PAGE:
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2003-11-24 10:39 AM
Book Beloved by Man Who Read Graphic-Novelization of Movie
Seattle, WA – Daniel Stevens, avid comic book reader, reportedly loves the graphic novel “Under the Tuscan Sun”, which is based on the musical version, which is based on the television series, which is based on the novelization, which is based on the film, which is based on the novel of the same name.
“I’d heard that this was some kind of art film or chick flick, and when I saw it between Spinecrusher and the gold-foil X-Treme edition of Eviscerator Unleashed, I thought it had been misshelved,” Stevens reported to his friends and fellow comic readers Monday. “But man, they have some kickass stuff in this story!”
The original novel, written by Frances Mayes, involves a woman who moves to Tuscany with her husband, buys a villa, and rediscovers the beauty of life. In the film version, starring Diane Lane, writer and director Audrey Wells removed the husband via a bitter divorce, added a romantic story arc, and introduced several new characters to round out the setting and provide more audience appeal.
The novelization of the movie, written by Kevin J. Anderson, added more depth to the story by providing long sections from the viewpoints of characters not in the original book, and added an intriguing new twist to the story by having the villa Frances purchases and renovates actually be built on the ground once occupied by an old Roman cathedral that may have been haunted. The UPN series, cancelled last season, took its inspiration from the novelization, building suspense and weekly intrigue by focusing on the ghosts. Each week, a different ghost returns to the villa, and Frances, dealing with her husband’s murder by the Sicilian mafia, must help them achieve closure while trying to solve her husband’s murder and gain closure in her own life.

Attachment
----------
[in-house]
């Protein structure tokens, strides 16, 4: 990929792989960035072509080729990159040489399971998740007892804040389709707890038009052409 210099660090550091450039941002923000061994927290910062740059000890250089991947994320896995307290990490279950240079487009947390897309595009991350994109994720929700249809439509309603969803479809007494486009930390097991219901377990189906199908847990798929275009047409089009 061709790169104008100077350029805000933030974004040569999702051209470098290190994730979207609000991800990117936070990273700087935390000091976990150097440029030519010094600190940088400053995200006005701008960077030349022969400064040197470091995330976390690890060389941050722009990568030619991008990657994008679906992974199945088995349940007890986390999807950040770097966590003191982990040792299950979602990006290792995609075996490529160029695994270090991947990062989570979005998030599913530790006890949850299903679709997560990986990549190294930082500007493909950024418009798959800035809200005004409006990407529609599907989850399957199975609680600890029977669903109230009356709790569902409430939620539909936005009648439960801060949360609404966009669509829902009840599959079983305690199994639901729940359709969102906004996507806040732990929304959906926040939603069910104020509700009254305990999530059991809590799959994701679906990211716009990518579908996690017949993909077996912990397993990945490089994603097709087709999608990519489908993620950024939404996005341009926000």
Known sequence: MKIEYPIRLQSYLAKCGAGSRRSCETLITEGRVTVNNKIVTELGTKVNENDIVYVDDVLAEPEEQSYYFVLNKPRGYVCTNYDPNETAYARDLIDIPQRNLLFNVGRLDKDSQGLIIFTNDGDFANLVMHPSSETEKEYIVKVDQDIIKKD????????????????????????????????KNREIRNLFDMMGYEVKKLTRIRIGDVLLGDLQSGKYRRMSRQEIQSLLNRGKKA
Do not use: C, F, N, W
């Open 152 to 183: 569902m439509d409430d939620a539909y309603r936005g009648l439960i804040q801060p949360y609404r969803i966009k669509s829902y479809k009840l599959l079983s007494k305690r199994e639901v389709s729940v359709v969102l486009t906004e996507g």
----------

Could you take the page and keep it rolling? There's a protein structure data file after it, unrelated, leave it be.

Andrew Lloyd Webber’s musical of the same name removed most of the extraneous characters and focused on the love story between Frances and one of the ghosts, Armando, a knight from the fourteenth century who had given his life to save a woman who looks exactly like Frances, and who wielded a mystical talisman that Frances received when she bought the villa. The mafia, who (in a new twist from the series) had ties to the haunted cathedral, serve as the main villains in the musical.
“This thing was freakin’ awesome!” Stevens reported to his friends. “The part is where Frances gets the Soulbarb – that’s this mystical pendant that turns into a weapon, and it can only be wielded by Frances -- and it grows into this scarlet barbed-wire armor around her in the middle of the fight with the mob guys on the roof of the villa, and she jumps onto this helicopter rope and, like, sends this viney barbed thing, like, up the rope, and impales the android pilot, and the whole thing explodes… plus, she’s in love with this dead dude who throws bolts of ectoplasmic energy, and the Satanic cathedral totally kicks ass. It’s weird that they put it in Tuscany, instead of someplace that I recognize, but I heard that they’re putting out a movie next year, and they’re gonna move it to Vancouver to get it to film under budget.”
Stevens is looking forward to reading Frances Mayes’ other works, including “Bella Tuscany” and “In Tuscany”, which Stevens describes as “Taking place in the same universe as the main story,” and “Swan”, an original novel. “That Mayes, man, she’s got some effed-up stuff going on in her head to come up with all this. This is one sick chick with some violence issues and stuff. Her fight scenes kick ass. I just wish the artists would spend more time on the fighting and not insist on big wasted pages showing the Tuscan farmland and all that crap. Still, I can’t wait to see what hyperviolent gothic brain-smash she comes up with next!”
Mayes was unavailable for comment as of press time.
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